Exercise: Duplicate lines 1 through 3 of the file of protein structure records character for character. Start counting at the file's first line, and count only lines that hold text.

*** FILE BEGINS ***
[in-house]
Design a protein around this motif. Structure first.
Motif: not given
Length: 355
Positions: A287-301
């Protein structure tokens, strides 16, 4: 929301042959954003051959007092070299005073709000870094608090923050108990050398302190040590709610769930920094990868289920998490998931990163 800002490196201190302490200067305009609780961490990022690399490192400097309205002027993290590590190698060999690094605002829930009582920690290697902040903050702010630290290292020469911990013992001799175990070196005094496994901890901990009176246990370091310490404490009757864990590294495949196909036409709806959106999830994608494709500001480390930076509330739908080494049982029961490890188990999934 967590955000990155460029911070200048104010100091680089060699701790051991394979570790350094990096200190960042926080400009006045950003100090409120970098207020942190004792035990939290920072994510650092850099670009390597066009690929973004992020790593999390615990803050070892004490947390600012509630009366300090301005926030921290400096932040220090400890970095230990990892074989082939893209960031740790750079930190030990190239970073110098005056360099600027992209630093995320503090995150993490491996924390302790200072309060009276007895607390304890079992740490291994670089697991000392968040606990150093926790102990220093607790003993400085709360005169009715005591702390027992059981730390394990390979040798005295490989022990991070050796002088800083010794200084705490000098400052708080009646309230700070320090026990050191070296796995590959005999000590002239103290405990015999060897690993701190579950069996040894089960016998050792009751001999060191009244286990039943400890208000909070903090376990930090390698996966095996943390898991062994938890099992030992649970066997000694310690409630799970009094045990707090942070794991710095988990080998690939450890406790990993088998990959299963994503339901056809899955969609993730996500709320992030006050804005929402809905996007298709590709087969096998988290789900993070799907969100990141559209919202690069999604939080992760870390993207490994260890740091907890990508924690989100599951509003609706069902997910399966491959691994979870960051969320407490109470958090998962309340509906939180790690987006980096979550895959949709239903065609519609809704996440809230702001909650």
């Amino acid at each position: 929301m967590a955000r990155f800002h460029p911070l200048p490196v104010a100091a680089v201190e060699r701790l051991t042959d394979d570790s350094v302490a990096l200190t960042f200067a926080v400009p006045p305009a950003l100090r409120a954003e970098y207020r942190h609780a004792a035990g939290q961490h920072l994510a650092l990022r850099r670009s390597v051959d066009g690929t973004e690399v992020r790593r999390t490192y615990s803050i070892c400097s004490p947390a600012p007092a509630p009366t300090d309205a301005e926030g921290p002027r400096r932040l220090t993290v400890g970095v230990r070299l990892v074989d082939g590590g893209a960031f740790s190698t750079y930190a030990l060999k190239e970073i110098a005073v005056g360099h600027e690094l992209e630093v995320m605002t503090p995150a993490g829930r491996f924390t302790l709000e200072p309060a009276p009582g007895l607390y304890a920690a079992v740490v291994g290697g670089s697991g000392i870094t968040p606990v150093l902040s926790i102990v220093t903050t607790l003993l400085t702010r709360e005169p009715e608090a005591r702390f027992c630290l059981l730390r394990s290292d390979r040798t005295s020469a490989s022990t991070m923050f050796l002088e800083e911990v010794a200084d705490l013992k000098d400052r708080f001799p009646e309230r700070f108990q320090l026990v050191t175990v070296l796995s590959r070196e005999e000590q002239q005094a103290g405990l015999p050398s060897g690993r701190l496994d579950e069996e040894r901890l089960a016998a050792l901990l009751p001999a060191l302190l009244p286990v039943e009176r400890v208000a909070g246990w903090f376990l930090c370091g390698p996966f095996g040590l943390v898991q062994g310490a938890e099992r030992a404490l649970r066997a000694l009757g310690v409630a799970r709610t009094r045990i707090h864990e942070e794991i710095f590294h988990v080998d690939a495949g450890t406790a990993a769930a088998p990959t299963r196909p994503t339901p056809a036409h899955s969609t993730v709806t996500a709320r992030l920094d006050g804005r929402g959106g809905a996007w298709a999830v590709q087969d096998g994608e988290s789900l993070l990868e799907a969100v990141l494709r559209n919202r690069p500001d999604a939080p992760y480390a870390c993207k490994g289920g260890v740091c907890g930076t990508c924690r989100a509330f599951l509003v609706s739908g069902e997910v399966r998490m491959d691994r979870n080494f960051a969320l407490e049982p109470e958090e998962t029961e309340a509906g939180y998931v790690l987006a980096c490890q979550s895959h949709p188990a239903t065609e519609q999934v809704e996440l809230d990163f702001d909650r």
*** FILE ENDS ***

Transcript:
[in-house]
Design a protein around this motif. Structure first.
Motif: not given